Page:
Facebook Sponsored Stories: Unavoidable For Brands?By: Chris Crum - February 4, 2012
Facebook is going public soon. You already knew that I’m sure. You probably also know that Facebook makes most of its money from ads. Not all of it, but a very significant portion. If the company’s relationship with Zynga ever sours, it may have to rely on ad revenue even more.
There is still plenty of room for Facebook to grow ad revenue, even if there’s less room for it to grow users. For example, they don’t even have mobile ads yet, though that is expected to come soon. That should be another huge source.
Recently, Facebook began showing Sponsored Stories in the news feed. These are posts that are arleady out there on Facebook, which brands can decide to promote for increased visibility among the people connected to that post, whether it be from a friend or from a Page they “like”.
The Wall Street Journal ran an interesting piece about how brands are essentially being forced to pay for advertising on Facebook to reach users, simply because the visibility of free Page posts has declined so much. There is so much content flooding users’ News Feeds, and of course Facebook controls what users are seeing via their algorithm, based on what the company calls “EdgeRank.” More on EdgeRank here.
Some are finding it harder to get posts to gain traction.
The Journal cites a study from BlitzLocal, saying that between June 1 and Dec. 31 of 2011, unpaid displays of marketing posts to users decreased 33% among the firm’s over 300 clients.
“Content that used to live for a day may now live minutes in a user’s News Feed,” CEO Dennis Yu is quoted as saying. The piece looks at retailer Gordman’s specifically, as a company which has felt the need to turn to sponsored stories just to gain some visibility. The company reportedly found that sponsored stories increased the number of users who saw a post by over 100,000.
Basically, what this all means is that if you don’t pay Facebook for ads, you’re left to the mercy of their algorithm for visibility, and who knows just how Facebook is tweaking that? Does it remind you of the search marketing game?
There is one key difference, however. Facebook does allow users to adjust the way they view their News Feed, so you can see stories by time, rather than what Facebook’s algorithm handpicks for you to see. This is the way many users do view their news feed. I have no idea what the numbers look like in terms of how how many people do this, and how often, but I’m guessing many, many people don’t bother. That’s likely where those extra 100,000 users come in.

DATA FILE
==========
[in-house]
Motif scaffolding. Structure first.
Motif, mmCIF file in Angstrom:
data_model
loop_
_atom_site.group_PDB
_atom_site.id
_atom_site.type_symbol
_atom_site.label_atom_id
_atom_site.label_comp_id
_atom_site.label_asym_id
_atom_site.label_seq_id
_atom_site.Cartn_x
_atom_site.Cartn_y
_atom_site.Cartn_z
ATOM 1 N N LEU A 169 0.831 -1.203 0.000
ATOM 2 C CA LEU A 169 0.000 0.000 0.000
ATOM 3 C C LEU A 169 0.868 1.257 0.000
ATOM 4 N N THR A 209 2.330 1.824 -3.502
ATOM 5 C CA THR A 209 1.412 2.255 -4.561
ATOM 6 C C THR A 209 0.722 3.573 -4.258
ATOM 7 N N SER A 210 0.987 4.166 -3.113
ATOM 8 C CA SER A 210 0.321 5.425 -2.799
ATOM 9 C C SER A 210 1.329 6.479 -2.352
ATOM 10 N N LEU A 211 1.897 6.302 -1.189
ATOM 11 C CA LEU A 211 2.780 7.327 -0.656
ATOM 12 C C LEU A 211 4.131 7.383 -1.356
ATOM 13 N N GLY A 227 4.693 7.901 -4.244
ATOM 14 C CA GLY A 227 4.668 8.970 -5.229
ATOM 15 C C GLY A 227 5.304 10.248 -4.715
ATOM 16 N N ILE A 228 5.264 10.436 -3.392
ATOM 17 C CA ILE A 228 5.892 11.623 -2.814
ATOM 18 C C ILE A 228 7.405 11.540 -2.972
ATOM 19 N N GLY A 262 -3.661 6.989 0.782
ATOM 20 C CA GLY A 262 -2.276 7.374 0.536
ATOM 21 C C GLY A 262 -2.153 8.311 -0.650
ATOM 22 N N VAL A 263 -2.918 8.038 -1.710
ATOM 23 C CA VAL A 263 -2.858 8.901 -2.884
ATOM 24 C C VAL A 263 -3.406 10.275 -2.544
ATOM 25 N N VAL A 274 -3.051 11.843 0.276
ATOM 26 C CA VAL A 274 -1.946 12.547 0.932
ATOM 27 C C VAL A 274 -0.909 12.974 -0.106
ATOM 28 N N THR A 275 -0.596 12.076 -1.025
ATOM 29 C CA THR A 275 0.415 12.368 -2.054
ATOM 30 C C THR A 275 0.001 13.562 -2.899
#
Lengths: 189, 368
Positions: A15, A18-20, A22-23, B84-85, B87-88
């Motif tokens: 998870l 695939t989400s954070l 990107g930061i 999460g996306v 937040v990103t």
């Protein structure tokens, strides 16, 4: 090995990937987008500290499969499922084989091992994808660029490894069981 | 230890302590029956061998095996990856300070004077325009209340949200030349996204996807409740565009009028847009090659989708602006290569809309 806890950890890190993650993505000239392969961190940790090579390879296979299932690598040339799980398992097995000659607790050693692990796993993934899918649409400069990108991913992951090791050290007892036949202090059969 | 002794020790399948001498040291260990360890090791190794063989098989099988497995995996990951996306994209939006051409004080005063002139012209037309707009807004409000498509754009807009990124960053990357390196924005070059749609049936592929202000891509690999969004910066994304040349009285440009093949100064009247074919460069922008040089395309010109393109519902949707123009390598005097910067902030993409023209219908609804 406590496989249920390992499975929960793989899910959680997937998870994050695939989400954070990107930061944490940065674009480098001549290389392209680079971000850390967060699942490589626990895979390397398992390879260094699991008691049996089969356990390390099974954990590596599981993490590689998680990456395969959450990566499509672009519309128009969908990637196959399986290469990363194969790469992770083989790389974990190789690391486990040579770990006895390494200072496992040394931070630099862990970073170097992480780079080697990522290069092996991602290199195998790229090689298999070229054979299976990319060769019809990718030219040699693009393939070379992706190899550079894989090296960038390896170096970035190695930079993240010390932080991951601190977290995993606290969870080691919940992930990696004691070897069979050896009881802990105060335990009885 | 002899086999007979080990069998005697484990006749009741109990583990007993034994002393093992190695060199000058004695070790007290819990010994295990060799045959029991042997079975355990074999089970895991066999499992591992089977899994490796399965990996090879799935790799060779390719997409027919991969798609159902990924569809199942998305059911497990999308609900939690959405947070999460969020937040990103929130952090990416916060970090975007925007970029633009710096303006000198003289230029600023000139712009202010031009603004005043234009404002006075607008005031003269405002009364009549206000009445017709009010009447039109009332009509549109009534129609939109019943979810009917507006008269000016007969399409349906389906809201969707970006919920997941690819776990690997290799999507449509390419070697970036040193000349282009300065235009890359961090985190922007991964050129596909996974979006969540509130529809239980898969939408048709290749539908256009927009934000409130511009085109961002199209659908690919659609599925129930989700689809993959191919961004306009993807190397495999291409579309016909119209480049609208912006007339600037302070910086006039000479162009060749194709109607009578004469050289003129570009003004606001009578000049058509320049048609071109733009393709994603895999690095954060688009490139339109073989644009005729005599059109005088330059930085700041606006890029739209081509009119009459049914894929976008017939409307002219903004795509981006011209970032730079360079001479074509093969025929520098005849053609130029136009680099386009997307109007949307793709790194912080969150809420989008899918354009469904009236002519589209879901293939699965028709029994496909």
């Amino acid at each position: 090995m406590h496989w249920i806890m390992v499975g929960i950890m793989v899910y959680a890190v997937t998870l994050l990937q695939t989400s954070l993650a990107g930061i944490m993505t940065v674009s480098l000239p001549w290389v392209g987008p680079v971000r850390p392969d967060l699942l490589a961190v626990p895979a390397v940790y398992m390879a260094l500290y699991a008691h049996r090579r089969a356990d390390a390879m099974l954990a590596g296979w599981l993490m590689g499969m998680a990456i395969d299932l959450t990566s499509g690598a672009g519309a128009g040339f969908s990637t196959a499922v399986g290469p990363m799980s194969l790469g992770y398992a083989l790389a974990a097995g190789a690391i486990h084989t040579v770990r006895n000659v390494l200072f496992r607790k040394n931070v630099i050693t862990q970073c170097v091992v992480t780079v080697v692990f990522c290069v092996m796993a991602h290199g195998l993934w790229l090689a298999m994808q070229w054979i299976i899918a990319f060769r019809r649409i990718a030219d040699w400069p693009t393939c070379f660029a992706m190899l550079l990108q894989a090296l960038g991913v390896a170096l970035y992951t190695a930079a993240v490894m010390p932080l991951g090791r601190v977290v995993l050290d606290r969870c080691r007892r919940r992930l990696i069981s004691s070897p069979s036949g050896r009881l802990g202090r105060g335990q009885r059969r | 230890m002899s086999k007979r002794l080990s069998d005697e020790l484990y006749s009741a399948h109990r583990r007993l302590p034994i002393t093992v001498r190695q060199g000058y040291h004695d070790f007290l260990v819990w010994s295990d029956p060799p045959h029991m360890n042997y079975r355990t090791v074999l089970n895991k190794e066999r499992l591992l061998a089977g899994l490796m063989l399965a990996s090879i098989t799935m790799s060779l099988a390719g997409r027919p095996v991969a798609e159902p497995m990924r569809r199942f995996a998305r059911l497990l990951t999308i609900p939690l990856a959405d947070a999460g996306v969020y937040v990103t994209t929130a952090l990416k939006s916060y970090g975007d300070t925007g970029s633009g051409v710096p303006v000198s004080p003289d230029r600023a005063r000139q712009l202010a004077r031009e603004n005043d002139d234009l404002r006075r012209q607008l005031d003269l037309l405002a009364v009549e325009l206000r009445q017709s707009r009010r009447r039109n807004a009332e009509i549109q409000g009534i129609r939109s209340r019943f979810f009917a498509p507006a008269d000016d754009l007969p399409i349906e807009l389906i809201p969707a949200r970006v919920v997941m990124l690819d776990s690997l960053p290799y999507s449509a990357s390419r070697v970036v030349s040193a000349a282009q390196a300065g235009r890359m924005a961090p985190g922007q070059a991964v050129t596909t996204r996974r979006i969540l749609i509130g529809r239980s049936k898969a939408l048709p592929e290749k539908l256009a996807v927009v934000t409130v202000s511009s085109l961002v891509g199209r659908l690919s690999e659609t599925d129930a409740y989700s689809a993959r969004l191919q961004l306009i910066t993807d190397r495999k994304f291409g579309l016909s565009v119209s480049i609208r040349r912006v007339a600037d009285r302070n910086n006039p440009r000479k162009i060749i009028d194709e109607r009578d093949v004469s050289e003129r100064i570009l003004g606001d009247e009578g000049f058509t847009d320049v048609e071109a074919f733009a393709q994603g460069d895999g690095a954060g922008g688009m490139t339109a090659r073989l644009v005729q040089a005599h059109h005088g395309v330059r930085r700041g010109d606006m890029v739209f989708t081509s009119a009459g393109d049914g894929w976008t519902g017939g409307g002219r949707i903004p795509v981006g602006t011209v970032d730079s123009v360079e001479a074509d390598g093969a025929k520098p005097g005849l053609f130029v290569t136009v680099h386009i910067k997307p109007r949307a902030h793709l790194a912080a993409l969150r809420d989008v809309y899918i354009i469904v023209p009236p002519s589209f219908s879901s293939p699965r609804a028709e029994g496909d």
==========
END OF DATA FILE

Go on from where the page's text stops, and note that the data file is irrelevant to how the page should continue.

Whether or not advertisers choose to pay for sponsored stories, brands are still going to want to take full advantage of the free marketing benefits of the world’s largest social network. To do that, you have to consider that EdgeRank algorithm, and of course engage on Facebook.
Sundeep Kapur, a guest author on BlitzLocal’s blog, said in a recent post:
Successful brands need to focus on increasing interaction effectiveness with their consumer base. You do this by increasing the frequency of exposure, paying close attention to what is being discussed, and focused advertising.
Interactions with consumers will occur as you post and more than 70% of the interaction occurs within the first hour. So keep up your efforts on posting more often and monitoring right after you post versus posting and “going to bed.” Also, a post with a “question” tends to drive increased interaction.
Don’t forget that advertising does work. Your engagement rate can go up by 21% to 43% by knowing what to say, when to say, and of course how you say things on Facebook.
In a separate post, the firm, after conducting research on both large and small brands, also suggested:
Some valuable tips. At least only one of these (sponsored stories) is something you have to actually pay Facebook for. Unfortunately, that might be the one that helps you drive visibility more than anything. That is, unfortunately for businesses with tight marketing budgets. Fortunately for Facebook, as it aims to boost revenue as a public company.
I wouldn’t be surprised to see it become even harder for brands to get their messages through without sponsored stories. What do you think?